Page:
Lesson One – Introduction

Answering Objections to the Gospel: A Self-Study Course

“That’s fine that you believe in Jesus; but that’s not truth for me.”
“Oh, a Christian? So, you’re a mythologist!”
“The Bible is just a bunch of words written by monks in the Middle Ages to keep society under control.”
“You know, I used to go to church, but I stopped going. Everyone there was a hypocrite.”
“You’re so brainwashed! Jesus was just a good man. How can you believe he was God?”

Every Christian, if serious about walking with God, will come up against statements like these at some time or another. Every single person outside the family of God has one or more objections to the Gospel. Some objections, like those above, are obvious and easily articulated. Some are deeper within the person – perhaps ignorance to the person of Jesus, or rooted in a hurtful encounter in times past. Either way, it is the duty of the sincere believer to answer any encountered objections with truth, tact, and wisdom.

In this self-study course, we will look at principles for dealing with objections that non-believers may have to the Gospel. Because individual objections could well number in to the thousands, we will deal with two main categories – intellectual objections, and personal objections. Each of these categories encompasses many more objections, but each category has broad strategies and techniques useful for addressing any questions or attacks that may arise. In addition, we will examine some tools that are useful in answering objections. However, first we will start by looking at a passage of Scripture to set the tone.

Scriptural Foundation

One of the best-known and well-stated passages about dealing with objections to the Gospel is 1 Peter 3:15. It reads, “…in your hearts set apart Christ as Lord. Be prepared to give an answer to everyone who asks you to give the reason for the hope that you have. But do this with gentleness and respect…” We will briefly mine this verse for the truth it contains, and see what we can learn.

First, we are to set apart Christ as Lord. This clearly means that we must be in right relation to Christ in order to adequately deal with the objections of others. We should have submitted to his Lordship by confessing our sinfulness and asking him for his free gift of salvation. Furthermore, we should be in a state of fellowship with Christ, rather than indifference or rebellion.

Next, we are to be prepared to give an answer. We should know Scripture, what it says, and what it means. We should know evidences and apologetics. We should also be regularly engaged in answering questions about the Gospel. All of these things prepare us more and more. Further, it is important to be prepared with truth. A sound and full knowledge of the truth is the best way to spot and counter error. Studying error itself has some value, but much less value than studying truth!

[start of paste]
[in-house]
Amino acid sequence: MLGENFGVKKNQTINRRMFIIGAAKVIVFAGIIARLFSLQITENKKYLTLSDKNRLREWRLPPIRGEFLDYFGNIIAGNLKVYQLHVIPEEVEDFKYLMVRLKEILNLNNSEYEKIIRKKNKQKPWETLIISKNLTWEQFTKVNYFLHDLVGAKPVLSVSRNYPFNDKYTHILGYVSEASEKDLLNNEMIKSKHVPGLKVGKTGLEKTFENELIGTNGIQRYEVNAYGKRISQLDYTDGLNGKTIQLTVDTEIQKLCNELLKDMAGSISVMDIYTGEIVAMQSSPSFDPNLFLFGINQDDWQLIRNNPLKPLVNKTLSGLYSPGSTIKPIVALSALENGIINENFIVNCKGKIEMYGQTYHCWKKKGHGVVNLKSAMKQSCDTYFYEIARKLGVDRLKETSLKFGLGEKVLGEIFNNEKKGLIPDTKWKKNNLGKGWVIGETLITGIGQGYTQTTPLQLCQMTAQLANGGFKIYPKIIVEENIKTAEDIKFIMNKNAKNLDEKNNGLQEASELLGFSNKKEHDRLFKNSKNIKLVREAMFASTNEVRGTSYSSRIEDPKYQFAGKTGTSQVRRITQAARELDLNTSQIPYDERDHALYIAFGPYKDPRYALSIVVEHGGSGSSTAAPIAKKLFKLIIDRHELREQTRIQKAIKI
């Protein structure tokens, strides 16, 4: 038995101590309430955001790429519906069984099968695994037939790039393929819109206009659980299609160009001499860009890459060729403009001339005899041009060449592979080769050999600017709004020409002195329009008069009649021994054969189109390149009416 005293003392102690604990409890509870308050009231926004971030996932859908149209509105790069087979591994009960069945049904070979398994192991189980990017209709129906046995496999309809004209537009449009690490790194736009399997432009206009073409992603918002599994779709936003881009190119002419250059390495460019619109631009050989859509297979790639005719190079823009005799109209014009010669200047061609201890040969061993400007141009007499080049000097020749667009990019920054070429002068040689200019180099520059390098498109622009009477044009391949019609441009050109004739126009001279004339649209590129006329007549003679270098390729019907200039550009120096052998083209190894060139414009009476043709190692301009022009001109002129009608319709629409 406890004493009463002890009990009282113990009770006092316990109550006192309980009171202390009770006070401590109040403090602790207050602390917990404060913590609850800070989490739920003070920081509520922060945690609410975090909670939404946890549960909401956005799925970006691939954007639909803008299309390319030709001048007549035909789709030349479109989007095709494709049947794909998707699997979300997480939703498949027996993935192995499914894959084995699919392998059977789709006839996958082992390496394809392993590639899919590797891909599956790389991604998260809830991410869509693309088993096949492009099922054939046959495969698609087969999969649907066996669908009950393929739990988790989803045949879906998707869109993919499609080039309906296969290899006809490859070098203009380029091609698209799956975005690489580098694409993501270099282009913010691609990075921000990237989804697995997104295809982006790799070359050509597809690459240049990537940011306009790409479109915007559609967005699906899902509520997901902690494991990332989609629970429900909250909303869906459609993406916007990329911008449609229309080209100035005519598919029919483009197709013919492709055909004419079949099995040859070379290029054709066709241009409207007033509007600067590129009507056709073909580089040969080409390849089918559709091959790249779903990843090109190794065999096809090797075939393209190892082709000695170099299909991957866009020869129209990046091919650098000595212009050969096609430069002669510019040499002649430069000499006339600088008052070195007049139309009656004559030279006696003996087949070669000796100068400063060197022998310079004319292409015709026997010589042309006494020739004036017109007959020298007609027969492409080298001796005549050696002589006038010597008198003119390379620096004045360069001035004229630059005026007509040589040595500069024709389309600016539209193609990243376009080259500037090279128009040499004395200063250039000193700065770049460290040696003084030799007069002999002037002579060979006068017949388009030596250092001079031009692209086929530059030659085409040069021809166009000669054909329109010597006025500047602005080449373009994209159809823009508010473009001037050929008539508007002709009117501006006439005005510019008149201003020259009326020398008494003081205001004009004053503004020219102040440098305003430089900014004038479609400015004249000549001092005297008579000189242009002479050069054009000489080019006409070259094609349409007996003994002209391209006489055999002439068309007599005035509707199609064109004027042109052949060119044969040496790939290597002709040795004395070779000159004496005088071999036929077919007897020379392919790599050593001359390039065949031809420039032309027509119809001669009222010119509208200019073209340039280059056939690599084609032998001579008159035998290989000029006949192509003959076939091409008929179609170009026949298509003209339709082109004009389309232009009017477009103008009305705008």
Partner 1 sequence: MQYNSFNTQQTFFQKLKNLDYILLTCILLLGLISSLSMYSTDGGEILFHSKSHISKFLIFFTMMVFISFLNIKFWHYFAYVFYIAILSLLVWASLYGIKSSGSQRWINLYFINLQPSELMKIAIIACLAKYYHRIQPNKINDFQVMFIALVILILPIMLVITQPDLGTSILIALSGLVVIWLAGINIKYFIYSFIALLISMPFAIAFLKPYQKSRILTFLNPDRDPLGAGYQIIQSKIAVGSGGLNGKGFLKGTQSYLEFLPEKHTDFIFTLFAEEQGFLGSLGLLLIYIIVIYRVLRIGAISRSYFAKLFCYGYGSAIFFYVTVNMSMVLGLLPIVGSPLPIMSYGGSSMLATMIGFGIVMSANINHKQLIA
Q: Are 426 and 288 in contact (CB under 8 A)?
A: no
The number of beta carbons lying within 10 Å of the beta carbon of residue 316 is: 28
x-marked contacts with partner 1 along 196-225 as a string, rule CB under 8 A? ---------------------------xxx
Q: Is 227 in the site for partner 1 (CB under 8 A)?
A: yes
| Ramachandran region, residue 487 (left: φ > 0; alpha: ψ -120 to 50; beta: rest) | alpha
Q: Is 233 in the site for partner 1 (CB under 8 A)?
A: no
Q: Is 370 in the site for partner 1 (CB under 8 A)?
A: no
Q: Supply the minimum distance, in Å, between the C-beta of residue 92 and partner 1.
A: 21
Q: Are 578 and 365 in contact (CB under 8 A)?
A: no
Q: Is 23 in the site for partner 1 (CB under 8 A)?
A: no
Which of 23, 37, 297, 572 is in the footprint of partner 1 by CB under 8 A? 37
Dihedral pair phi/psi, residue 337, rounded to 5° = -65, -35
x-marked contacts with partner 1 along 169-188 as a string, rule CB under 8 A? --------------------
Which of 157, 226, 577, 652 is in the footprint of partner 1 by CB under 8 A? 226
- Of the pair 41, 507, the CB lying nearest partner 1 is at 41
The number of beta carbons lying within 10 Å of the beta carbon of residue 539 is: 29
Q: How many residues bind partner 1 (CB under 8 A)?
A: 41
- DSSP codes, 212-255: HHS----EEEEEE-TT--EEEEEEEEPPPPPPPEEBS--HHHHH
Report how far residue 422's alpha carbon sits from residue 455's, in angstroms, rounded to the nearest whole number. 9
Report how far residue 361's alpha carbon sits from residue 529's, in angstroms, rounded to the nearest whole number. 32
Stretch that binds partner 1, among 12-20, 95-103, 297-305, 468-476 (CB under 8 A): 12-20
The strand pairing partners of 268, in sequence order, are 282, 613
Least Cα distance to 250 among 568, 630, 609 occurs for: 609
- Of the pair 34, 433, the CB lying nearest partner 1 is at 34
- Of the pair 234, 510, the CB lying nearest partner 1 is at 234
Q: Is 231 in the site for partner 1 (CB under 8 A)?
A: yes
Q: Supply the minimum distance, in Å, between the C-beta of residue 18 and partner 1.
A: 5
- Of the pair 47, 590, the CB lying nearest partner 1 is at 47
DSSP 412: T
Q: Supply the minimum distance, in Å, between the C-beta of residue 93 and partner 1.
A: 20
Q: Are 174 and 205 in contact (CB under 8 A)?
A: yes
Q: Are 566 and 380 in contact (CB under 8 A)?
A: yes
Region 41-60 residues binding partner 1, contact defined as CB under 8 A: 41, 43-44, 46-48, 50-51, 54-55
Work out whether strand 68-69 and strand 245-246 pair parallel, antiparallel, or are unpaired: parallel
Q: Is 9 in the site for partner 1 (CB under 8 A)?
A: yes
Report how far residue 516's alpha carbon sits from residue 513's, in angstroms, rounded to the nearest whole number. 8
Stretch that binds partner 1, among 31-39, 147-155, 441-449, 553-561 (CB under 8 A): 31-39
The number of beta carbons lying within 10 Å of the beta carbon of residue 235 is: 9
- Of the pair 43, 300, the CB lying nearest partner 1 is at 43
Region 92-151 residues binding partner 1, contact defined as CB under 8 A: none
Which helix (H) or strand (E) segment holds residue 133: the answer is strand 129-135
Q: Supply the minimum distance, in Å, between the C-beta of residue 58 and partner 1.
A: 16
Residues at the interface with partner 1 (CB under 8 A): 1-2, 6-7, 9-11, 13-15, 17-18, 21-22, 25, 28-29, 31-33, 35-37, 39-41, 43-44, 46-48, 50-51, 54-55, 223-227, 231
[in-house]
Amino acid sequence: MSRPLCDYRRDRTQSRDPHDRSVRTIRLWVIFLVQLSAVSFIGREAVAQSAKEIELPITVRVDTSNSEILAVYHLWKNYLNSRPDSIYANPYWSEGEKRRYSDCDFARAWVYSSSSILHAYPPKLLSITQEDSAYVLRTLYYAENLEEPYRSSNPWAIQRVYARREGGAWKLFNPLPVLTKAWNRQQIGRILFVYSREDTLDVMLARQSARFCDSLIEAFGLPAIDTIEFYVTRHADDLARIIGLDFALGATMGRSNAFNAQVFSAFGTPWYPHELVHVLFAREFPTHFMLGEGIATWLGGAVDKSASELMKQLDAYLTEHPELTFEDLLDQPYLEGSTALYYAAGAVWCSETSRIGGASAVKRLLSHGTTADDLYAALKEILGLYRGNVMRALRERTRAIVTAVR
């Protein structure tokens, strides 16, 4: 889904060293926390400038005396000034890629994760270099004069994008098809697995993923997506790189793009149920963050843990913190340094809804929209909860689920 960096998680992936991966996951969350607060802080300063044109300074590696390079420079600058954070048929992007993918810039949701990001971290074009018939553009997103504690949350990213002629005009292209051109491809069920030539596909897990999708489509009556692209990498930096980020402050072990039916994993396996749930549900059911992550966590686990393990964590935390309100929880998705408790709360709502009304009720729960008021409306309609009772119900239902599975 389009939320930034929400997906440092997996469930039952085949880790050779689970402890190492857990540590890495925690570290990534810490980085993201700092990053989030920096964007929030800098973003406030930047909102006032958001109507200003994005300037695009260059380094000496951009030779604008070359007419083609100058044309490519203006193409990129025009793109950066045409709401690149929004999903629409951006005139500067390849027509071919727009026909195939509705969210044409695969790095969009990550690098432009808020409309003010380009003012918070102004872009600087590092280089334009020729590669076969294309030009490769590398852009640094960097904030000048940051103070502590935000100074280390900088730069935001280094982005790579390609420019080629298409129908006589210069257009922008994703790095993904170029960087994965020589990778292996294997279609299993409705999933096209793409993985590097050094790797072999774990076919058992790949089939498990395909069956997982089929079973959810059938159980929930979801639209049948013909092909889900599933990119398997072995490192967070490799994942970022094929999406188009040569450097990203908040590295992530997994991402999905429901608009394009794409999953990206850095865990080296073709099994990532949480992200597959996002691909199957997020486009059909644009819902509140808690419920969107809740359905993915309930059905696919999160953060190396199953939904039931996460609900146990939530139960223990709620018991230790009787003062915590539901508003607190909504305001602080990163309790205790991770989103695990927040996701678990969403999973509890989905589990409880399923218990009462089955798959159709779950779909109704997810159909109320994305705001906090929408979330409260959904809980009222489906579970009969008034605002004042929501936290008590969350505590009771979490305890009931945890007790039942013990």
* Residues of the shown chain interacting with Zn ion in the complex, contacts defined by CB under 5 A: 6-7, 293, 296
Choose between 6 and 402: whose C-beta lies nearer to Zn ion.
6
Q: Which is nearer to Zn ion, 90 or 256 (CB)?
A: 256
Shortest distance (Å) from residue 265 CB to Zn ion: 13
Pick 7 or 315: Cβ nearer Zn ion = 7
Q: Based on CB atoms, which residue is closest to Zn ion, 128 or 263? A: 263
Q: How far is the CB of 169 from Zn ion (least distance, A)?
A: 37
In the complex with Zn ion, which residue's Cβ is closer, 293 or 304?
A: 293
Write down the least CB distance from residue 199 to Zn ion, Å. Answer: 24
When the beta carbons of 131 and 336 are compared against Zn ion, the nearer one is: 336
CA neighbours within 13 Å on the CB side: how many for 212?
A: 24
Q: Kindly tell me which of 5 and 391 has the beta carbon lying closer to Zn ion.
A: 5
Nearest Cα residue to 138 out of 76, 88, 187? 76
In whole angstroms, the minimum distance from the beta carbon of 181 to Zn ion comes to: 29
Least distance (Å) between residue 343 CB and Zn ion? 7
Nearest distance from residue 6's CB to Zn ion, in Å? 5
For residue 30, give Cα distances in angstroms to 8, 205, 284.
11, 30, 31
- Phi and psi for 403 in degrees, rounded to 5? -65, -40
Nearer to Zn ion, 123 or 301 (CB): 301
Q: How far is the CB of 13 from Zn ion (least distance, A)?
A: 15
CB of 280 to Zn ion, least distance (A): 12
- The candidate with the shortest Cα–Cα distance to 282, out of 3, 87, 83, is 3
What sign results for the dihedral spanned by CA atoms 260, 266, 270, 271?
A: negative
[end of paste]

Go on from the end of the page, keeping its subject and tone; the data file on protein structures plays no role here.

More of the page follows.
Moving on, we should give an answer to everyone who asks us to give the reason for the hope that we have. We are not limited to answering a certain type of person; we are told to answer everyone. Furthermore, we are not told where these people are or what their objections will be. It could be anyone, and they could have any objection. The believer who seeks truth and seeks to defend truth will assuredly hear some strange objections. Even so, we are told to give an answer!

Finally, we are to do this with gentleness and respect. Our reputation is not at stake when we are called to give an answer to an objection. Jesus said, “He who listens to you listens to me; he who rejects you rejects me; but he who rejects me rejects him who sent me.” (Luke 10:16) This gives us freedom to be gentle and respectful. We do not need to argue, threaten, or convince. A close reading of 1 Peter 3:15 shows that it say we are to give an answer, not to make someone else believe or agree with our answer. And, as we will see shortly, gentleness and respect are in fact incredibly powerful tools to use when dealing with an objection!

Text Questions to Consider

What are the most frequent objections you have heard to the Gospel? How have you answered them in the past?

Why should we be prepared to answer objections?

Write two pages on some instances where Jesus dealt with objections the Gospel.

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